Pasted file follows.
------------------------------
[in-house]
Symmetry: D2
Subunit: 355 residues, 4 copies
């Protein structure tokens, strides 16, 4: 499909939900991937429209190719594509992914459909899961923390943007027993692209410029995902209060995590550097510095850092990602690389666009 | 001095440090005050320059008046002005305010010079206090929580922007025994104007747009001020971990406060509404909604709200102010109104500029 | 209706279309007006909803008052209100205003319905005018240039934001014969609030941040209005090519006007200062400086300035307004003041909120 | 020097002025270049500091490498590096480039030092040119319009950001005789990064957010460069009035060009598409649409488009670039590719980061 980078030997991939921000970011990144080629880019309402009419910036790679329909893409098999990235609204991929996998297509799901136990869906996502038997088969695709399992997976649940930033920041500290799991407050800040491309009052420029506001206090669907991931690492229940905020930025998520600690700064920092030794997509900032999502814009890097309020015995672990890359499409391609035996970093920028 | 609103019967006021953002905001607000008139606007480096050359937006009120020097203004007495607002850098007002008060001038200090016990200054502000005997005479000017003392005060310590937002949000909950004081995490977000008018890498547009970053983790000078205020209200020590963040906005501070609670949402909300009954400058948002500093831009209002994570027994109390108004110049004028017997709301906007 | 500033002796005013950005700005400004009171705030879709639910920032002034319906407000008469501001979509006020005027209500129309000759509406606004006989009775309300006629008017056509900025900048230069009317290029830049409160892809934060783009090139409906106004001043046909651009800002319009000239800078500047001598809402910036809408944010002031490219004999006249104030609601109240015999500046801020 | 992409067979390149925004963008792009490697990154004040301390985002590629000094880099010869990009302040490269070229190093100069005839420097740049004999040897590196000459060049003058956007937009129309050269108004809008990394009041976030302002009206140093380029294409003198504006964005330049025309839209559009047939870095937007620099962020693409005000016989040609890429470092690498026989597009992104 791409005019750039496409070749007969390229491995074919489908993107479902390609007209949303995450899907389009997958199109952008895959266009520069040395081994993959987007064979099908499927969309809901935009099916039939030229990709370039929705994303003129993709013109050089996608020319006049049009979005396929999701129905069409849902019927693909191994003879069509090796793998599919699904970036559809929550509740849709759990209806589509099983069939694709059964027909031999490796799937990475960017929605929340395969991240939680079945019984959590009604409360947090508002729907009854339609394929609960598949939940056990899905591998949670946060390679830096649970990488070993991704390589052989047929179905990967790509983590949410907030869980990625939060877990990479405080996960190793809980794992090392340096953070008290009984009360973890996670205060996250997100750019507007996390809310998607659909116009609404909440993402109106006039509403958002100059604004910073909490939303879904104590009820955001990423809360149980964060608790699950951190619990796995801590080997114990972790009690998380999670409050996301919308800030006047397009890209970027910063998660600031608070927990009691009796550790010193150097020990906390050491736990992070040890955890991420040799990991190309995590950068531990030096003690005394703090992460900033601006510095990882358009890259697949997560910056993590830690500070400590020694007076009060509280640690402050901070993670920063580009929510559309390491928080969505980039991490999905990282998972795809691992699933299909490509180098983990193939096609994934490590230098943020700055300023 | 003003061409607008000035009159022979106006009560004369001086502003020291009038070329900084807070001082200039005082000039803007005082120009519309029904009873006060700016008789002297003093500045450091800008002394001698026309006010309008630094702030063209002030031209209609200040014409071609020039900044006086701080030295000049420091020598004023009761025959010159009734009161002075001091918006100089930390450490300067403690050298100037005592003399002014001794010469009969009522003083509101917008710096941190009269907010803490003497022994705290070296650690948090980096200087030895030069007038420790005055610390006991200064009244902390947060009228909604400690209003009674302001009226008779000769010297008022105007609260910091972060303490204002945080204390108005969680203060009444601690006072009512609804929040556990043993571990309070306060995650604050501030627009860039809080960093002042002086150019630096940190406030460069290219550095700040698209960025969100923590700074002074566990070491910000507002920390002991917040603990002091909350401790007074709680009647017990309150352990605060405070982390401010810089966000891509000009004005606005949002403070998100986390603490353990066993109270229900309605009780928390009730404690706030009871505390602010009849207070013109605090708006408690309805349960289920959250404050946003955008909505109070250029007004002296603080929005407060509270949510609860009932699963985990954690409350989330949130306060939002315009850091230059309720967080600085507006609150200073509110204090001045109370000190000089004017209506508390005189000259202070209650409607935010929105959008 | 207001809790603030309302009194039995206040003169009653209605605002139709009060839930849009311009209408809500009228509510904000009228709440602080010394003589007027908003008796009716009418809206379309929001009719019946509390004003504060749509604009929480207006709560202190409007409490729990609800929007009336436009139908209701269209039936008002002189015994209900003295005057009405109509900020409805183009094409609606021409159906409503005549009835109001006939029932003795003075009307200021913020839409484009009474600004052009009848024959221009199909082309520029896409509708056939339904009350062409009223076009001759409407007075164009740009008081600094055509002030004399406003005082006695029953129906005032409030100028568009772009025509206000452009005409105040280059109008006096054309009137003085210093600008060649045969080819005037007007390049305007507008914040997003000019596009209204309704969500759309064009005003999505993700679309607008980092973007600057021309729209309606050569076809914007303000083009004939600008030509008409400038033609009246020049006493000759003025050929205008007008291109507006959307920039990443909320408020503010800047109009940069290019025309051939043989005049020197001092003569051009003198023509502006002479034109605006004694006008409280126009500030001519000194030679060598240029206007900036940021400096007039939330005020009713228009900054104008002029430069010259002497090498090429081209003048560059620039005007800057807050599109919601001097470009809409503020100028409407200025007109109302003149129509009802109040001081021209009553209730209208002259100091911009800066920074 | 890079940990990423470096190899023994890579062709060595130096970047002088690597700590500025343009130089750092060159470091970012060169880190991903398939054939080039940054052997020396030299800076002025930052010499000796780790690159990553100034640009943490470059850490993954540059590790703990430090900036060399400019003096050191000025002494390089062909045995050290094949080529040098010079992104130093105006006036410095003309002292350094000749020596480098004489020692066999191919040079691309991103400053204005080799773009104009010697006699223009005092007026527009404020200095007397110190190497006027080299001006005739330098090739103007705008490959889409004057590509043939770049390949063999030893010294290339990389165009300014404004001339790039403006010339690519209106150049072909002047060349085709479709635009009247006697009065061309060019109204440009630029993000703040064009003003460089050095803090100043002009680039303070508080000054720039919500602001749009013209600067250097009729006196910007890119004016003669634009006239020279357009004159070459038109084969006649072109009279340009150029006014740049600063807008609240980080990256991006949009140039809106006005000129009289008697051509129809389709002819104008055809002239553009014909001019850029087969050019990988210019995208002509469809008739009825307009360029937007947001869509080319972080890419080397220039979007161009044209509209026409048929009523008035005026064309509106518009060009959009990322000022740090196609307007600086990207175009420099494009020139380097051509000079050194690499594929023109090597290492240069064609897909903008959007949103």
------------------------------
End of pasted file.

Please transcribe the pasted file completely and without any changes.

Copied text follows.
[in-house]
Symmetry: D2
Subunit: 355 residues, 4 copies
């Protein structure tokens, strides 16, 4: 499909939900991937429209190719594509992914459909899961923390943007027993692209410029995902209060995590550097510095850092990602690389666009 | 001095440090005050320059008046002005305010010079206090929580922007025994104007747009001020971990406060509404909604709200102010109104500029 | 209706279309007006909803008052209100205003319905005018240039934001014969609030941040209005090519006007200062400086300035307004003041909120 | 020097002025270049500091490498590096480039030092040119319009950001005789990064957010460069009035060009598409649409488009670039590719980061 980078030997991939921000970011990144080629880019309402009419910036790679329909893409098999990235609204991929996998297509799901136990869906996502038997088969695709399992997976649940930033920041500290799991407050800040491309009052420029506001206090669907991931690492229940905020930025998520600690700064920092030794997509900032999502814009890097309020015995672990890359499409391609035996970093920028 | 609103019967006021953002905001607000008139606007480096050359937006009120020097203004007495607002850098007002008060001038200090016990200054502000005997005479000017003392005060310590937002949000909950004081995490977000008018890498547009970053983790000078205020209200020590963040906005501070609670949402909300009954400058948002500093831009209002994570027994109390108004110049004028017997709301906007 | 500033002796005013950005700005400004009171705030879709639910920032002034319906407000008469501001979509006020005027209500129309000759509406606004006989009775309300006629008017056509900025900048230069009317290029830049409160892809934060783009090139409906106004001043046909651009800002319009000239800078500047001598809402910036809408944010002031490219004999006249104030609601109240015999500046801020 | 992409067979390149925004963008792009490697990154004040301390985002590629000094880099010869990009302040490269070229190093100069005839420097740049004999040897590196000459060049003058956007937009129309050269108004809008990394009041976030302002009206140093380029294409003198504006964005330049025309839209559009047939870095937007620099962020693409005000016989040609890429470092690498026989597009992104 791409005019750039496409070749007969390229491995074919489908993107479902390609007209949303995450899907389009997958199109952008895959266009520069040395081994993959987007064979099908499927969309809901935009099916039939030229990709370039929705994303003129993709013109050089996608020319006049049009979005396929999701129905069409849902019927693909191994003879069509090796793998599919699904970036559809929550509740849709759990209806589509099983069939694709059964027909031999490796799937990475960017929605929340395969991240939680079945019984959590009604409360947090508002729907009854339609394929609960598949939940056990899905591998949670946060390679830096649970990488070993991704390589052989047929179905990967790509983590949410907030869980990625939060877990990479405080996960190793809980794992090392340096953070008290009984009360973890996670205060996250997100750019507007996390809310998607659909116009609404909440993402109106006039509403958002100059604004910073909490939303879904104590009820955001990423809360149980964060608790699950951190619990796995801590080997114990972790009690998380999670409050996301919308800030006047397009890209970027910063998660600031608070927990009691009796550790010193150097020990906390050491736990992070040890955890991420040799990991190309995590950068531990030096003690005394703090992460900033601006510095990882358009890259697949997560910056993590830690500070400590020694007076009060509280640690402050901070993670920063580009929510559309390491928080969505980039991490999905990282998972795809691992699933299909490509180098983990193939096609994934490590230098943020700055300023 | 003003061409607008000035009159022979106006009560004369001086502003020291009038070329900084807070001082200039005082000039803007005082120009519309029904009873006060700016008789002297003093500045450091800008002394001698026309006010309008630094702030063209002030031209209609200040014409071609020039900044006086701080030295000049420091020598004023009761025959010159009734009161002075001091918006100089930390450490300067403690050298100037005592003399002014001794010469009969009522003083509101917008710096941190009269907010803490003497022994705290070296650690948090980096200087030895030069007038420790005055610390006991200064009244902390947060009228909604400690209003009674302001009226008779000769010297008022105007609260910091972060303490204002945080204390108005969680203060009444601690006072009512609804929040556990043993571990309070306060995650604050501030627009860039809080960093002042002086150019630096940190406030460069290219550095700040698209960025969100923590700074002074566990070491910000507002920390002991917040603990002091909350401790007074709680009647017990309150352990605060405070982390401010810089966000891509000009004005606005949002403070998100986390603490353990066993109270229900309605009780928390009730404690706030009871505390602010009849207070013109605090708006408690309805349960289920959250404050946003955008909505109070250029007004002296603080929005407060509270949510609860009932699963985990954690409350989330949130306060939002315009850091230059309720967080600085507006609150200073509110204090001045109370000190000089004017209506508390005189000259202070209650409607935010929105959008 | 207001809790603030309302009194039995206040003169009653209605605002139709009060839930849009311009209408809500009228509510904000009228709440602080010394003589007027908003008796009716009418809206379309929001009719019946509390004003504060749509604009929480207006709560202190409007409490729990609800929007009336436009139908209701269209039936008002002189015994209900003295005057009405109509900020409805183009094409609606021409159906409503005549009835109001006939029932003795003075009307200021913020839409484009009474600004052009009848024959221009199909082309520029896409509708056939339904009350062409009223076009001759409407007075164009740009008081600094055509002030004399406003005082006695029953129906005032409030100028568009772009025509206000452009005409105040280059109008006096054309009137003085210093600008060649045969080819005037007007390049305007507008914040997003000019596009209204309704969500759309064009005003999505993700679309607008980092973007600057021309729209309606050569076809914007303000083009004939600008030509008409400038033609009246020049006493000759003025050929205008007008291109507006959307920039990443909320408020503010800047109009940069290019025309051939043989005049020197001092003569051009003198023509502006002479034109605006004694006008409280126009500030001519000194030679060598240029206007900036940021400096007039939330005020009713228009900054104008002029430069010259002497090498090429081209003048560059620039005007800057807050599109919601001097470009809409503020100028409407200025007109109302003149129509009802109040001081021209009553209730209208002259100091911009800066920074 | 890079940990990423470096190899023994890579062709060595130096970047002088690597700590500025343009130089750092060159470091970012060169880190991903398939054939080039940054052997020396030299800076002025930052010499000796780790690159990553100034640009943490470059850490993954540059590790703990430090900036060399400019003096050191000025002494390089062909045995050290094949080529040098010079992104130093105006006036410095003309002292350094000749020596480098004489020692066999191919040079691309991103400053204005080799773009104009010697006699223009005092007026527009404020200095007397110190190497006027080299001006005739330098090739103007705008490959889409004057590509043939770049390949063999030893010294290339990389165009300014404004001339790039403006010339690519209106150049072909002047060349085709479709635009009247006697009065061309060019109204440009630029993000703040064009003003460089050095803090100043002009680039303070508080000054720039919500602001749009013209600067250097009729006196910007890119004016003669634009006239020279357009004159070459038109084969006649072109009279340009150029006014740049600063807008609240980080990256991006949009140039809106006005000129009289008697051509129809389709002819104008055809002239553009014909001019850029087969050019990988210019995208002509469809008739009825307009360029937007947001869509080319972080890419080397220039979007161009044209509209026409048929009523008035005026064309509106518009060009959009990322000022740090196609307007600086990207175009420099494009020139380097051509000079050194690499594929023109090597290492240069064609897909903008959007949103």